Illicit drug use in the United States is on the rise. Today, more than 25 million Americans aged 12 and above – 10 percent of the population – admitted to using an illegal drug in the past month. In 2002, the number was only 8.3 percent. The increase largely reflects a recent rise in cannabis use, the most commonly used recreational drug after alcohol.
Aftercare – The key to success
There is little disagreement that success in addiction treatment depends highly on aftercare. Without effective aftercare, treatments rarely last and relapse rates are high. Only one patient in four maintains abstinence over the first year following treatment.
Aftercare programs are expensive and labor intensive. It costs a lot of money to hire people to administer a consistent and effective program and money for mental health programs does not appear to be increasing in the near future.
In order to improve long-term results, a smartphone app has been developed to provide emotional and therapeutic support. Designated A-CHESS (Addiction Comprehensive Health Enhancement Support System), it has an audio-guided relaxation component and a global positioning system that can send an alert when the patient approaches a high-risk area, like a bar. The patient’s phone asks him whether he really wants to be there.
In a randomized study of A-CHESS against standard care therapies without it, the smartphone app improved several clinical parameters. But the thing that was most eye-catching was how it improved results as time went on. For example, at four months, A-CHESS demonstrated on 8 percent improvement in abstinence (which was not statistically significant over standard care), but at 12 months it showed a 12 percent advantage, which is significant both statistically and clinically.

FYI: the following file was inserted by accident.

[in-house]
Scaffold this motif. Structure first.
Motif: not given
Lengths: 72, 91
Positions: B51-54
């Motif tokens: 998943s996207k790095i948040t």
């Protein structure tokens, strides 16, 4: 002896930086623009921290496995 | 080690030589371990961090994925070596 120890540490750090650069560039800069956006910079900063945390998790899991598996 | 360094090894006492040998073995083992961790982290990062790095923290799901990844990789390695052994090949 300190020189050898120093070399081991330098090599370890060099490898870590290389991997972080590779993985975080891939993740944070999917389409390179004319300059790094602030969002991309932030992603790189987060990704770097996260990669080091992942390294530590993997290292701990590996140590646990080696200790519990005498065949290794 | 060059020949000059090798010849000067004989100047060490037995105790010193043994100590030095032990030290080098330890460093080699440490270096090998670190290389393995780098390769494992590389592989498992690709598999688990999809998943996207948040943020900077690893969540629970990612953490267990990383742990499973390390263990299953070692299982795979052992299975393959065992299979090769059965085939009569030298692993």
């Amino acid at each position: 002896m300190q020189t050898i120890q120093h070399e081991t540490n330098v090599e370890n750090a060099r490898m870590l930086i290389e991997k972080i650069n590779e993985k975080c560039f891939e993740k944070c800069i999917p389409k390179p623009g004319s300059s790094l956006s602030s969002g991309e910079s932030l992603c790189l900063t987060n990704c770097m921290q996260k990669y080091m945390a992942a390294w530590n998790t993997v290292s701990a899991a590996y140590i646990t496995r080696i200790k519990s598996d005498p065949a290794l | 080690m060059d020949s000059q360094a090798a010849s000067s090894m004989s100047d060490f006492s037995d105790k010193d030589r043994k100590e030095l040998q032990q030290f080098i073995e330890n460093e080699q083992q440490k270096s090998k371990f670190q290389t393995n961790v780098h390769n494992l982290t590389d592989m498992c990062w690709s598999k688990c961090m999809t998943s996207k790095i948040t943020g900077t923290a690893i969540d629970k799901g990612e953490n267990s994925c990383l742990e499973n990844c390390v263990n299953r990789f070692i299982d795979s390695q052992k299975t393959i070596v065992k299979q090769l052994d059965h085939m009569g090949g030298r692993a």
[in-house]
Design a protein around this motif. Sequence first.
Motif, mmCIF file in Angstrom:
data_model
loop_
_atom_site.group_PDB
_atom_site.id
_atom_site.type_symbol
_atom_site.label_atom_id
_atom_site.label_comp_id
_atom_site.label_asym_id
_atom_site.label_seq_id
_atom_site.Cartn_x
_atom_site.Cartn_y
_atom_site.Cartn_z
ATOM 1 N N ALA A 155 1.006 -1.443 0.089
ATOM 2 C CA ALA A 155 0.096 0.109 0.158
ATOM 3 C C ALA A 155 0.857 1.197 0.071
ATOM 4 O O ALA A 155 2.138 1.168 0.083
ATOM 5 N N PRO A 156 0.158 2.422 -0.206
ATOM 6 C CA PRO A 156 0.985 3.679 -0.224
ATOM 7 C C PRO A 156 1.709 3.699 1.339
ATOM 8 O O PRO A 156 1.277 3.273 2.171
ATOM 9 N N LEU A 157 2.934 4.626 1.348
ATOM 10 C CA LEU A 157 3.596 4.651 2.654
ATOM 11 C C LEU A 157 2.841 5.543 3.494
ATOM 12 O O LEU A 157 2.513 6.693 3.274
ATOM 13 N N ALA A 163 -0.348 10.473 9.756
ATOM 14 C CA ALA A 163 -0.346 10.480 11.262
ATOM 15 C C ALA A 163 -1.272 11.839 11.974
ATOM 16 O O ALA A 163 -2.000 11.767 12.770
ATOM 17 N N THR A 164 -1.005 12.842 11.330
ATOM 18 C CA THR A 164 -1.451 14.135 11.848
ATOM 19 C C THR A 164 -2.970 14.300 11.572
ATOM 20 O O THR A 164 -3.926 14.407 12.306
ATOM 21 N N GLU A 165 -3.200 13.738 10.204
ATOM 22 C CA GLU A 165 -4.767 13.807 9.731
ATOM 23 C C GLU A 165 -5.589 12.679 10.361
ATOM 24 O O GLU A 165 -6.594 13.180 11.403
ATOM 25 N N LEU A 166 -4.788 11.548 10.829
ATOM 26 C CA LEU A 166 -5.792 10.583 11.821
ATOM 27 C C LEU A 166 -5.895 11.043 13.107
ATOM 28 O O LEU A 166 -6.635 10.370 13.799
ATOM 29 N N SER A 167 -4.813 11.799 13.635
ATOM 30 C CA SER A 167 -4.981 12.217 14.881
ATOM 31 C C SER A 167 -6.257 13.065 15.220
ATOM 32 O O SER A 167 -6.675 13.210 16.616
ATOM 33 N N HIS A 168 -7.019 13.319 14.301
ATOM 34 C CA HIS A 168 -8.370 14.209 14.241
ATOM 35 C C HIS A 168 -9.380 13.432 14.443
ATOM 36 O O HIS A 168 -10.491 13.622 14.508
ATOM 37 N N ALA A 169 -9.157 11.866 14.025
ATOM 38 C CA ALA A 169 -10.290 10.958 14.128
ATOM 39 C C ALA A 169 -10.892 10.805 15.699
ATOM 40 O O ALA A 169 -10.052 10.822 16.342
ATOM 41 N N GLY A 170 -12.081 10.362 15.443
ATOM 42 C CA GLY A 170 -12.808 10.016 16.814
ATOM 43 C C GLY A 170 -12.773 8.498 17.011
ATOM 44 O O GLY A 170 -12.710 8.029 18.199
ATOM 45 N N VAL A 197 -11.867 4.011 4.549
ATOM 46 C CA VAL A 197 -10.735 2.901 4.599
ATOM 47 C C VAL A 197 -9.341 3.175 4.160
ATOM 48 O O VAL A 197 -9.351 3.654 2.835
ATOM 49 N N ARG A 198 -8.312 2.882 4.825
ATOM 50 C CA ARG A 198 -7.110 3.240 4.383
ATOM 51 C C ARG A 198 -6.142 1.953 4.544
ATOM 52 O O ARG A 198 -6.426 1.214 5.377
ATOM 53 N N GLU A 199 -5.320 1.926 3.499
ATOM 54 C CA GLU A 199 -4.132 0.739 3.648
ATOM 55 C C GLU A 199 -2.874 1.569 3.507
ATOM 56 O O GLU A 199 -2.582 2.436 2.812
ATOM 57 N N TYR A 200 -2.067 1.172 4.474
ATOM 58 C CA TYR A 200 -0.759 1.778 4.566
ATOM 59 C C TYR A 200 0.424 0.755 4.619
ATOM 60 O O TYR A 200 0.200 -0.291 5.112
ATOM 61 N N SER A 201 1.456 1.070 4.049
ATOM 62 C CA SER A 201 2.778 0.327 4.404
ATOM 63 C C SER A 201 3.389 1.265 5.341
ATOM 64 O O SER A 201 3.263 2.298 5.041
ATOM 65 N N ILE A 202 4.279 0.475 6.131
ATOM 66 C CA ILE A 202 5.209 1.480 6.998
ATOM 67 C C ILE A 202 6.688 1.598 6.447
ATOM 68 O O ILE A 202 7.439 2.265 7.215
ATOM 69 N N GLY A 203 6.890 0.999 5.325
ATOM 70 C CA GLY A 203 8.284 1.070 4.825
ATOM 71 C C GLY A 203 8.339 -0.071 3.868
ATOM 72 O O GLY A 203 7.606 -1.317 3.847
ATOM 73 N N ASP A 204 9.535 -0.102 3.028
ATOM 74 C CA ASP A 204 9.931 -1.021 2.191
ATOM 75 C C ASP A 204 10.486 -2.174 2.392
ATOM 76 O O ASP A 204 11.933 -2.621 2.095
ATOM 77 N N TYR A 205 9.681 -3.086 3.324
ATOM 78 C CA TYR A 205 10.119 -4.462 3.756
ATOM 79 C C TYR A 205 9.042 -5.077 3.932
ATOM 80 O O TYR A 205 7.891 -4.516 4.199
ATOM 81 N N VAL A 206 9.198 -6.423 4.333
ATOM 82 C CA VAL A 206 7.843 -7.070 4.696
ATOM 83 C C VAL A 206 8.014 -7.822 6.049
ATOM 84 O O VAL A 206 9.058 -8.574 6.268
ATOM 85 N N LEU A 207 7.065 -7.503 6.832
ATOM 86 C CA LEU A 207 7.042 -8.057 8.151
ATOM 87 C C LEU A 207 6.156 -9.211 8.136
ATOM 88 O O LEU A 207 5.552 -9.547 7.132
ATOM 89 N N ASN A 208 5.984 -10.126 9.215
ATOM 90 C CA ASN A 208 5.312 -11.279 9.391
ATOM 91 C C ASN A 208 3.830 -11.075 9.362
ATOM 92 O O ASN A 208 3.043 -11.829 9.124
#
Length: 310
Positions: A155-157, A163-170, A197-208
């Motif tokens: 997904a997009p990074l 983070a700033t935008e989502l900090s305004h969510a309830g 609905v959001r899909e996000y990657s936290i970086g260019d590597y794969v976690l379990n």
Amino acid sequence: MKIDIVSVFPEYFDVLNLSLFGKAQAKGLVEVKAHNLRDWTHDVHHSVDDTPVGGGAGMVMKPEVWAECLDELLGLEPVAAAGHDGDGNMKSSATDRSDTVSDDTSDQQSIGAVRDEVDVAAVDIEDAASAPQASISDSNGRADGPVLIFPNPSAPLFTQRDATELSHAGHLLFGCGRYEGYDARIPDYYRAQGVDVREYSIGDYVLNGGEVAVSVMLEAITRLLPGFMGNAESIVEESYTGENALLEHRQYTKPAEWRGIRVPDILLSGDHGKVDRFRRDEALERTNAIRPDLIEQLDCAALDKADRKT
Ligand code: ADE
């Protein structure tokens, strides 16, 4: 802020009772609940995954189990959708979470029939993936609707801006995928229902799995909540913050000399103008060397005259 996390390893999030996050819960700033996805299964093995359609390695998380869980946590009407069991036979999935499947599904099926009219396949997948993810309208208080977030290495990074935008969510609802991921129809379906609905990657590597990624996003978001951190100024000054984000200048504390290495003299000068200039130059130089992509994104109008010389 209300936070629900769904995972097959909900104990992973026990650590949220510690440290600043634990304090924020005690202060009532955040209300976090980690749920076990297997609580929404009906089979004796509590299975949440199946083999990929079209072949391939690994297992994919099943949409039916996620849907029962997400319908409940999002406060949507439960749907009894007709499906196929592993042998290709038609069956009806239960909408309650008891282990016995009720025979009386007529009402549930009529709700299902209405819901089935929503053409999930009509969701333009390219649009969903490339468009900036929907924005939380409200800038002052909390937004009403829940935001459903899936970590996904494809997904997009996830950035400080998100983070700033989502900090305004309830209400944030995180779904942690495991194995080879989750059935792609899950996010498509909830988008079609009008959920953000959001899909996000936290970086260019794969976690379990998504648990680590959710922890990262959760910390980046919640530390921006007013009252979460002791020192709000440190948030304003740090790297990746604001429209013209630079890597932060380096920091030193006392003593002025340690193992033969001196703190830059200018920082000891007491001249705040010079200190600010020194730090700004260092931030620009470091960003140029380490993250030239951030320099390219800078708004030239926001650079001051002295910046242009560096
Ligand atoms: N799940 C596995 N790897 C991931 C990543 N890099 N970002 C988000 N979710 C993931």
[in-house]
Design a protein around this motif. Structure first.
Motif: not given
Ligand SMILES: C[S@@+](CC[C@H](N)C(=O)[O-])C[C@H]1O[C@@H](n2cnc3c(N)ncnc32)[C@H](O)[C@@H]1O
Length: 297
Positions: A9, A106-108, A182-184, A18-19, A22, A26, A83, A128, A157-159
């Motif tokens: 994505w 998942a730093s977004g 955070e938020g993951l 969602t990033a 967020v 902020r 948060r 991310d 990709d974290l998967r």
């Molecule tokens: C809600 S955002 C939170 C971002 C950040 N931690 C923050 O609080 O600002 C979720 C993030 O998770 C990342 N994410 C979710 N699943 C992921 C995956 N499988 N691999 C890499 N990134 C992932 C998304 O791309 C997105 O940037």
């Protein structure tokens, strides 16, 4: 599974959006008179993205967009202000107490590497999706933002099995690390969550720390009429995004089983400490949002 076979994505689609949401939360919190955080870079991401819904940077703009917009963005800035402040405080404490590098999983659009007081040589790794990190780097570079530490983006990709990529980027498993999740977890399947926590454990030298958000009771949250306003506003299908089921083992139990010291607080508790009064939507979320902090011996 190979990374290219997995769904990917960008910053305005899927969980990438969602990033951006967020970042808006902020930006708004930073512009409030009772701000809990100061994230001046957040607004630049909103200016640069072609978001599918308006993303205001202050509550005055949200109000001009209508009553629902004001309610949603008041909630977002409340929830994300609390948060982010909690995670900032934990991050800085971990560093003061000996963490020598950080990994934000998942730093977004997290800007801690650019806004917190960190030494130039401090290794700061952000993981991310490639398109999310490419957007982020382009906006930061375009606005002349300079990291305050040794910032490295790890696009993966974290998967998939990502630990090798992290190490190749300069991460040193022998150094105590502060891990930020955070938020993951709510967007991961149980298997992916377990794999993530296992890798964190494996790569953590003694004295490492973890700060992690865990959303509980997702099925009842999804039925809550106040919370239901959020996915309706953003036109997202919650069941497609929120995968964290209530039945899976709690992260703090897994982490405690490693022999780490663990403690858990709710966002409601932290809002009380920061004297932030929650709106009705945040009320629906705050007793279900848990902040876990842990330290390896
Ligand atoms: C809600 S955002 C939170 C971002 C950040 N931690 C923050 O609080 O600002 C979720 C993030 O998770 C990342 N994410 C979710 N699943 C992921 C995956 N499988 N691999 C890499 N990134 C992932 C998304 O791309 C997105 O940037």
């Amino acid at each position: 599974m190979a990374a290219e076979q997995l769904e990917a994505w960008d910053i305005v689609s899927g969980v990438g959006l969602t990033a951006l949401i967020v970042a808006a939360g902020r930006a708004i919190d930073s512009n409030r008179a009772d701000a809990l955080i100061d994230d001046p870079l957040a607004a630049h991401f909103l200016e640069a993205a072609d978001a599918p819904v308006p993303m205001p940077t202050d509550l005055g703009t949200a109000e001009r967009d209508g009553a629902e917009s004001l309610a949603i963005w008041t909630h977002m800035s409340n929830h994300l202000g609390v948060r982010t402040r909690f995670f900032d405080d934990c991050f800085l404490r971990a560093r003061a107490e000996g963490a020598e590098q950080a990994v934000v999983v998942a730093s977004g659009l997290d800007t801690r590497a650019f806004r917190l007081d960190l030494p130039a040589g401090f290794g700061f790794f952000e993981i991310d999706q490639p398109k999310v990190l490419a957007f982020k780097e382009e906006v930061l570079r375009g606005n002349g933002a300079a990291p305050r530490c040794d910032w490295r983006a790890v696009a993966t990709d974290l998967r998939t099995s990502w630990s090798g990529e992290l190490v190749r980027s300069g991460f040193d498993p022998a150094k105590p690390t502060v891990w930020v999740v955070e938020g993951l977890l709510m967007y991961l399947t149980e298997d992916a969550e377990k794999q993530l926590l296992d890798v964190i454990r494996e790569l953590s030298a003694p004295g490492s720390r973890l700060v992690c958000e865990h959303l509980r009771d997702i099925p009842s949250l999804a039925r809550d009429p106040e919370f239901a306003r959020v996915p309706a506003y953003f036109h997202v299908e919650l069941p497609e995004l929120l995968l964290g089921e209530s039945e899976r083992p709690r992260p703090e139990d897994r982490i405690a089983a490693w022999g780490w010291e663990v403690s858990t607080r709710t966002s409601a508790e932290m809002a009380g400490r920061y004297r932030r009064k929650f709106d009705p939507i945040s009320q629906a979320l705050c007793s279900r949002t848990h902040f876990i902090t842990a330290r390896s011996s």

How technology is changing the course of addiction treatment
Using technology to administer a therapy program normally administered by a human is already known to work. People today are very comfortable with technology, so introducing such programs is not frightening. The technology-based therapies are particularly effective when using equipment the patient already possesses. A limit in the past has been the need to invest in hardware and expensive software programs along with training personnel to administer them. That is less an issue today when so many potential patients practically live in their smartphones.
Technology makes it possible to consistently deliver therapy at times and places convenient to the patient. Some programs have already demonstrated their effectiveness.
There are still limitations, nonetheless. Distribution and education are still required. There is still much disagreement on how to optimize delivery and how to best integrate technology into existing systems. Smartphones are still no substitute for emergencies and unforeseen situations. The warmth of human contact cannot be replicated by a phone.
There are also privacy issues and, of course, just because the younger generation is comfortable with technology, it is often not the case for the older folks. Addiction, especially to pain medication, is not just a problem of youth.
Technology is not a complete substitute for treatment, but it can certainly help.